Research finds organic acids increase water intake in gestating sows and may benefit piglet viability
14 May 2018
Research findings shared at European Symposium of Porcine Health Management
A study conducted by Trouw Nutrition’s Swine Research Centre reveals that gestating sows receiving a drinking water additive had significantly higher water intake compared to a control group. The additive is composed of free and buffered organic acids and was tested during the last four weeks of gestation. The study findings support earlier research showing an association between higher water intake and key metrics of piglet viability including higher birth and litter weight. Trouw Nutrition shared the findings during a poster presentation at the European Symposium of Porcine Health Management, 9-11 May in Barcelona.
The study shows that sows’ water intake varies widely throughout the gestation period (Figure 1). To gain insight into the relationship between gestating sows’ water intake and key measures of piglet viability such as higher birth weight, Trouw Nutrition researchers conducted a study that compared intake among sows receiving a drinking water additive (Selko-pH) and a control group.
Figure 1- Variation in individual water intake of gestating sows.
Table 1- Effect of Selko-pH during gestation on litter weight and birth weight of the offspring.
In the mixed parity study, gestating sows received Selko-pH at 1L/1000 L from day 80 of gestation through farrowing. A control group received normal drinking water, which was quality assurance tested. The Trouw Nutrition Swine Research Center allows to measure individual water intake using specially developed equipment. Water intake levels showed a significant increase among the sows receiving Selko-pH compared to sows in the control group (Table 1). More than 50% of the sows receiving Selko-pH had water intake levels above 11.6L per day. In contrast, 50% of the sows in the control group drank less than 4.3 L per day; an amount below recommended levels (Figure 2).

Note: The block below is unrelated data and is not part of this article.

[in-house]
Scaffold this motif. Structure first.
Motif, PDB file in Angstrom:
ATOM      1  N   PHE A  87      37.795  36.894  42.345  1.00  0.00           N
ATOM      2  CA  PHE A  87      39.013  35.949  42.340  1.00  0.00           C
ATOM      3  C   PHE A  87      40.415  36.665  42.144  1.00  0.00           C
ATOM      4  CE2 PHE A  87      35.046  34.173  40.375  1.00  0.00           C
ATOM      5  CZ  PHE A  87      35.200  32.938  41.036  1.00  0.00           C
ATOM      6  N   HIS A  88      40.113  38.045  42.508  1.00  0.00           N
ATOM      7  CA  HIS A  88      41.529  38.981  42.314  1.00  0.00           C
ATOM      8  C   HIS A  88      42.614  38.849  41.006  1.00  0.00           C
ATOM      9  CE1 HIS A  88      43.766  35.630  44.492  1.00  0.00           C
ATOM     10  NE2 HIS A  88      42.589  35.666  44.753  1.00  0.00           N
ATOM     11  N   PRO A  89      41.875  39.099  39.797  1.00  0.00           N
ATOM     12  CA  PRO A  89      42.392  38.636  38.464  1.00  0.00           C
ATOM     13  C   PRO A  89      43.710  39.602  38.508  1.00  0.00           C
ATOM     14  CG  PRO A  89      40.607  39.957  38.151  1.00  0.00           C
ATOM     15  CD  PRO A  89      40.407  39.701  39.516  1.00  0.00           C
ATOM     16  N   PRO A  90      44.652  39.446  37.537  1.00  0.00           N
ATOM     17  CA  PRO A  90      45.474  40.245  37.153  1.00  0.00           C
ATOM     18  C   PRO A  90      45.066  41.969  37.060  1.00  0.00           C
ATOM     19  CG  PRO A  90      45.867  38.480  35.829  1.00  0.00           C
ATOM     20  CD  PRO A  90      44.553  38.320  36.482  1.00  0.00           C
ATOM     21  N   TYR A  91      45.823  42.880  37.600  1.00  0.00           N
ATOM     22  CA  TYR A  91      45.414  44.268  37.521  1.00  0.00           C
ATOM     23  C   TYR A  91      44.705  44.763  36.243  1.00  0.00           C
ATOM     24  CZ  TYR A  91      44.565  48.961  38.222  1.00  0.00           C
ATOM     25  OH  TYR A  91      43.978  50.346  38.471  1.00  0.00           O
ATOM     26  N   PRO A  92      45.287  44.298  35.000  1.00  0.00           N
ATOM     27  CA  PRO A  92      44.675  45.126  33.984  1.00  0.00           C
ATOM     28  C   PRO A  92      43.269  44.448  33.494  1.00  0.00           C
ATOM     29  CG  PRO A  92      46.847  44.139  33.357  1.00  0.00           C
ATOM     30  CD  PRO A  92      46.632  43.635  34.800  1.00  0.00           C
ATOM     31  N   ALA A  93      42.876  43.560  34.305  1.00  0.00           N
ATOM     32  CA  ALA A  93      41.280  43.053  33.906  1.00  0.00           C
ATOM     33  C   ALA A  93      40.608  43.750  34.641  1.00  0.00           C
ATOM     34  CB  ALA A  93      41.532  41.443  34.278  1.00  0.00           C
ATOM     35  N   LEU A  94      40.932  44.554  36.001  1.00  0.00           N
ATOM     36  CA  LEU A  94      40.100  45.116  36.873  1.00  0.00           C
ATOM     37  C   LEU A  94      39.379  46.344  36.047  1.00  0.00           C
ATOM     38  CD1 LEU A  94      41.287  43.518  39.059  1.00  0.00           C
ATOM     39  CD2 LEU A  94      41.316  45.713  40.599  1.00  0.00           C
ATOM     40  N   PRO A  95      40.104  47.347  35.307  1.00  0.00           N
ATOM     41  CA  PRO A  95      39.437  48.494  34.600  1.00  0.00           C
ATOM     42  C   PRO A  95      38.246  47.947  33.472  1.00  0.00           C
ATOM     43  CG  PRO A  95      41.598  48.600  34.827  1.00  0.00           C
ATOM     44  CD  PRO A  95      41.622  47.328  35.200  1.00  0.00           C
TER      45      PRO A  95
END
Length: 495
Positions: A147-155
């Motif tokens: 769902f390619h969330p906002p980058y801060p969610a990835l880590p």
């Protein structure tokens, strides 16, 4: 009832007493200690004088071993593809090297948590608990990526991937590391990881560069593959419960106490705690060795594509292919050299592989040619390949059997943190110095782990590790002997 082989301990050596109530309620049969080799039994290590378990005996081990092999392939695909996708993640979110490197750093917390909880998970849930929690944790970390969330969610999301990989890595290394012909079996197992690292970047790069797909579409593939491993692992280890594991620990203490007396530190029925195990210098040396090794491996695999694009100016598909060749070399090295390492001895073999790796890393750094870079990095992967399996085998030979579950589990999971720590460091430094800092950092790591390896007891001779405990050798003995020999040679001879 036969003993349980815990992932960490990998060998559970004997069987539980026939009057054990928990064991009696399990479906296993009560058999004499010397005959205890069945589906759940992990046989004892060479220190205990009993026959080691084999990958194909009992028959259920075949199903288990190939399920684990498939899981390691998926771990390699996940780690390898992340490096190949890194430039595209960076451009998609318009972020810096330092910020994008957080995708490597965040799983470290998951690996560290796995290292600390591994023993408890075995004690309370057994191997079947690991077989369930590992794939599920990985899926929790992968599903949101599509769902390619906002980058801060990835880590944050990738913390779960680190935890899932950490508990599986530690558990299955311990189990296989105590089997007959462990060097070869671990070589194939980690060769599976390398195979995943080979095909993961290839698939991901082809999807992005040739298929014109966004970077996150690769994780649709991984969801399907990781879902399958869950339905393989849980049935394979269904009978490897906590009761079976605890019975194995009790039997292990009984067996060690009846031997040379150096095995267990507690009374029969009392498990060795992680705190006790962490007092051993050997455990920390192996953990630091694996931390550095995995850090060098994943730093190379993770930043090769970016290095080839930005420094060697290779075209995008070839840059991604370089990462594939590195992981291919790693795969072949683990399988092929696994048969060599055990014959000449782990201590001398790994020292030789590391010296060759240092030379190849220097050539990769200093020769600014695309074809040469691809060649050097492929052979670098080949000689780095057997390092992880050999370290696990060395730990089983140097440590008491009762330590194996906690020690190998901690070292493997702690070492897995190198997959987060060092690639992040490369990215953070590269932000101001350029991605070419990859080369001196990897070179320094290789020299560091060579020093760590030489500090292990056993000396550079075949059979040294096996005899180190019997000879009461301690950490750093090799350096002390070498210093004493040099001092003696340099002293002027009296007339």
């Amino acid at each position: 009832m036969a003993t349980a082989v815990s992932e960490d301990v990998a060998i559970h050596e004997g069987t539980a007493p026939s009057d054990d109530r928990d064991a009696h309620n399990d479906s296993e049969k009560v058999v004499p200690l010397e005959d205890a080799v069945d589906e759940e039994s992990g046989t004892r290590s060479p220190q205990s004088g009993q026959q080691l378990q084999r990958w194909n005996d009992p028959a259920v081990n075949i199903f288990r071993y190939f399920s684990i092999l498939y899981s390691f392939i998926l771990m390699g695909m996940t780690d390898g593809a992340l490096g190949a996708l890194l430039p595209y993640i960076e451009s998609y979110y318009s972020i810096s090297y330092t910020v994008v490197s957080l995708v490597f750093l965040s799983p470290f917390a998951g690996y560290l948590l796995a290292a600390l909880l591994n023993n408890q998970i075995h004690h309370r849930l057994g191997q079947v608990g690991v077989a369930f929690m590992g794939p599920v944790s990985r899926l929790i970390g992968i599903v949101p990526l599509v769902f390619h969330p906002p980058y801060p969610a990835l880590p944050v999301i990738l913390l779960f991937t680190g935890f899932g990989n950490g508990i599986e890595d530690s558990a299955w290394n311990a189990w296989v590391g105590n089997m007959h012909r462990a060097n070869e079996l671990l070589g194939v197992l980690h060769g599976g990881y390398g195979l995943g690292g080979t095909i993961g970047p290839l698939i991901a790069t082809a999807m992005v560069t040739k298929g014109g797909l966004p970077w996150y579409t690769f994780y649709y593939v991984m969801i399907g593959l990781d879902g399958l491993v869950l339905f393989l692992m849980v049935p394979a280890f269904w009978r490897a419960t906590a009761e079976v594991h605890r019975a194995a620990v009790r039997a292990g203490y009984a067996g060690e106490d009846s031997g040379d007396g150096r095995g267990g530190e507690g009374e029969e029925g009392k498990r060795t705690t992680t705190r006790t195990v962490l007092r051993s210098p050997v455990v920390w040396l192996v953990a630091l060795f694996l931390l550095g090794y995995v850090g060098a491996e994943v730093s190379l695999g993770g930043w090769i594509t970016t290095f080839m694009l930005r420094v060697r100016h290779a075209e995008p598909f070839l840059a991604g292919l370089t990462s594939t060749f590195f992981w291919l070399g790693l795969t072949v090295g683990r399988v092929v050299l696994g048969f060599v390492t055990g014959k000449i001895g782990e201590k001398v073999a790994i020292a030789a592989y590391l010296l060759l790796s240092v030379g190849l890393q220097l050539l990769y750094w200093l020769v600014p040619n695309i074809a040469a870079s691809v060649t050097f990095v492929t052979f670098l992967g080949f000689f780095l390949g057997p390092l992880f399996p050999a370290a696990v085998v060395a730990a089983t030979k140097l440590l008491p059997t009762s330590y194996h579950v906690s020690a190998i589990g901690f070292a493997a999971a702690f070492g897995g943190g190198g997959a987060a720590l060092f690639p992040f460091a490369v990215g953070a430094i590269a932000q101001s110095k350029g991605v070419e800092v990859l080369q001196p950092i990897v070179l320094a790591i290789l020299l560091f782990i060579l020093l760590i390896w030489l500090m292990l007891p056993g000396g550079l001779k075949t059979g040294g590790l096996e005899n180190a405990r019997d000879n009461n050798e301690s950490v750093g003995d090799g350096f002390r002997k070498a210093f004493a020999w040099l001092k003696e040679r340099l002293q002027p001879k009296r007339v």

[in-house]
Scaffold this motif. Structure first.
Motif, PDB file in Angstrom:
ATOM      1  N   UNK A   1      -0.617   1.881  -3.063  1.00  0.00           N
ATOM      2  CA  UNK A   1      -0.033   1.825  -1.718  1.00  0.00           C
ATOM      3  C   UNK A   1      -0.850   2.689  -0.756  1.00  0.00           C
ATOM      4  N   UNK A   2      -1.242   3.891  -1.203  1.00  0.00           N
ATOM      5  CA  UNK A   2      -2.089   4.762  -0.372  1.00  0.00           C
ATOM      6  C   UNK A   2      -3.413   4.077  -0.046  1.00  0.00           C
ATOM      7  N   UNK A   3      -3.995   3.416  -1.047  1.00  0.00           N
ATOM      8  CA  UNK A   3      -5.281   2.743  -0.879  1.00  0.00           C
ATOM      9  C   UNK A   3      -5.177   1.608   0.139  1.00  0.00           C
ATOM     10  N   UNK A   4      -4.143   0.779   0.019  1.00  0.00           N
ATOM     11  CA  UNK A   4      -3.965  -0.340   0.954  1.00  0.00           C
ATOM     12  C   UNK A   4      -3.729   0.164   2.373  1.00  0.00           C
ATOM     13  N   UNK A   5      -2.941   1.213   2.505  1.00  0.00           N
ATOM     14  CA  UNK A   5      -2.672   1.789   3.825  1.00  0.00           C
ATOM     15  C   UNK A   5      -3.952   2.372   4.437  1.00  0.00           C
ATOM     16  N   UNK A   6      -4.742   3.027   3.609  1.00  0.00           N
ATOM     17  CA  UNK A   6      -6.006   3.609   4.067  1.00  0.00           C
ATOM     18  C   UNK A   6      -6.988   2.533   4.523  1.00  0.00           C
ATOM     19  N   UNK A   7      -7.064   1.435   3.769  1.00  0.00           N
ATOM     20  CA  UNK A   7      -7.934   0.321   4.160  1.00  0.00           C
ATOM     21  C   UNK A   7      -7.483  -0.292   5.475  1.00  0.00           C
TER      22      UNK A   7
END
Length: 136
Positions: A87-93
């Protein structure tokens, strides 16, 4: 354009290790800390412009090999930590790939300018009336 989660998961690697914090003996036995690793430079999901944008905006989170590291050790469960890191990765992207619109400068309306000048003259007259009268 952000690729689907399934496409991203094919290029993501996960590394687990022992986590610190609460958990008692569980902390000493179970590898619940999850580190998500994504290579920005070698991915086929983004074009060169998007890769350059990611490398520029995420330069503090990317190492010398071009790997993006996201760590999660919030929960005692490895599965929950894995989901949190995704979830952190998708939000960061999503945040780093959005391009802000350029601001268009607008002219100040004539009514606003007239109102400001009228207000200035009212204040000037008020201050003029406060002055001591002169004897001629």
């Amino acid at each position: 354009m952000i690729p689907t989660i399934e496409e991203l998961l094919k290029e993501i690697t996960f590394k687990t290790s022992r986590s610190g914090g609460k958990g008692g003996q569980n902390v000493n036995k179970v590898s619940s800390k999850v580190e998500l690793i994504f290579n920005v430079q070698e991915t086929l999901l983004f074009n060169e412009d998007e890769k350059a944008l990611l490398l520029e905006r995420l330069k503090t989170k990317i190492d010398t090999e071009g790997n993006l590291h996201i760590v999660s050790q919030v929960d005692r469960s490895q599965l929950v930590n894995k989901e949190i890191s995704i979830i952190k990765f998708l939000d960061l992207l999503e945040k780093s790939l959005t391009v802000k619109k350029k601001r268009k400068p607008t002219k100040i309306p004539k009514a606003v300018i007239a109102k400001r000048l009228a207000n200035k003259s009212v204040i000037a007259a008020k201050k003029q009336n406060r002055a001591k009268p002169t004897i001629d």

Figure 2- Effect of adding Selko-pH on water intake in gestation.
Due to the large variance in water intake among gestating sows in the study, researchers classified water intake across three levels: low (less than 3.3 L/d), medium (3.3-15.7 L/d) and high (more than 15.7 L/d). The sows in the high intake category had the highest litter and piglet birth weights.
Expanding on the research findings, Dr. Juan Antonio Mesonero Escuredo, Global Programme Manager for Swine Gut Health at Trouw Nutrition, noted increased water intake is associated with positive effects
beyond gestation. For example, looking at the effect of water intake on lactation, overall feed intake was increased 600 grams per day in the second week of lactation, and 300 grams per day in the third week of the lactation period. “A common problem after lactation is the body weight loss of the sows, which can be prevented with higher feed intake during lactation. This study was done in optimal research farm conditions, where body weight loss is minimal and we still saw good results. In commercial field conditions this can turn into great results for the producer,” the programme manager said. “Furthermore, increasing feed and water intake during lactation is beneficial to the sow, helping her with a better return to oestrus”, he said. Additionally, higher water intake during gestation can reduce constipation and ease the partus process. “Increased water intake during gestation and lactation can also decrease the risk of urinary tract infections in sows” Dr. Mesonero Escuredo stated.
The scientific poster “Effect of water intake in sows” was presented by Trouw Nutrition at the European Symposium of Porcine Health Management. As part of an integrated approach to improving animal health and performance through feed, farm and health strategies, Trouw Nutrition continues to invest in research that advances animal performance.